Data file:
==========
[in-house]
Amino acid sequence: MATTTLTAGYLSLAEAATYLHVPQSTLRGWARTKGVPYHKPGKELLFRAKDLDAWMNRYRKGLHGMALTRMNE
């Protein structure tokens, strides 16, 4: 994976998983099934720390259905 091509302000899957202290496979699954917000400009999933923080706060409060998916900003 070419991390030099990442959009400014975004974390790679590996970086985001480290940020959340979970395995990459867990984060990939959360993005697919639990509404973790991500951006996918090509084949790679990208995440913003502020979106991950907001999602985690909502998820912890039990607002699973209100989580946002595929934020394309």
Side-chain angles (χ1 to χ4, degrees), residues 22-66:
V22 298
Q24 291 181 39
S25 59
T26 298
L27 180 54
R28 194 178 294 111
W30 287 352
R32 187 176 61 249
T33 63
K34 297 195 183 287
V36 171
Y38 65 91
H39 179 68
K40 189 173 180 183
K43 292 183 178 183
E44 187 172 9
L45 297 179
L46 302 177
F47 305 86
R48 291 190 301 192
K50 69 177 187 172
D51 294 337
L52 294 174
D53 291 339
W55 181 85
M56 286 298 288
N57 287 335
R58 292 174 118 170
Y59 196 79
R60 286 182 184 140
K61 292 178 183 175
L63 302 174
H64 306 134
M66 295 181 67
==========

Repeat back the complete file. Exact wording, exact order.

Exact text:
[in-house]
Amino acid sequence: MATTTLTAGYLSLAEAATYLHVPQSTLRGWARTKGVPYHKPGKELLFRAKDLDAWMNRYRKGLHGMALTRMNE
């Protein structure tokens, strides 16, 4: 994976998983099934720390259905 091509302000899957202290496979699954917000400009999933923080706060409060998916900003 070419991390030099990442959009400014975004974390790679590996970086985001480290940020959340979970395995990459867990984060990939959360993005697919639990509404973790991500951006996918090509084949790679990208995440913003502020979106991950907001999602985690909502998820912890039990607002699973209100989580946002595929934020394309």
Side-chain angles (χ1 to χ4, degrees), residues 22-66:
V22 298
Q24 291 181 39
S25 59
T26 298
L27 180 54
R28 194 178 294 111
W30 287 352
R32 187 176 61 249
T33 63
K34 297 195 183 287
V36 171
Y38 65 91
H39 179 68
K40 189 173 180 183
K43 292 183 178 183
E44 187 172 9
L45 297 179
L46 302 177
F47 305 86
R48 291 190 301 192
K50 69 177 187 172
D51 294 337
L52 294 174
D53 291 339
W55 181 85
M56 286 298 288
N57 287 335
R58 292 174 118 170
Y59 196 79
R60 286 182 184 140
K61 292 178 183 175
L63 302 174
H64 306 134
M66 295 181 67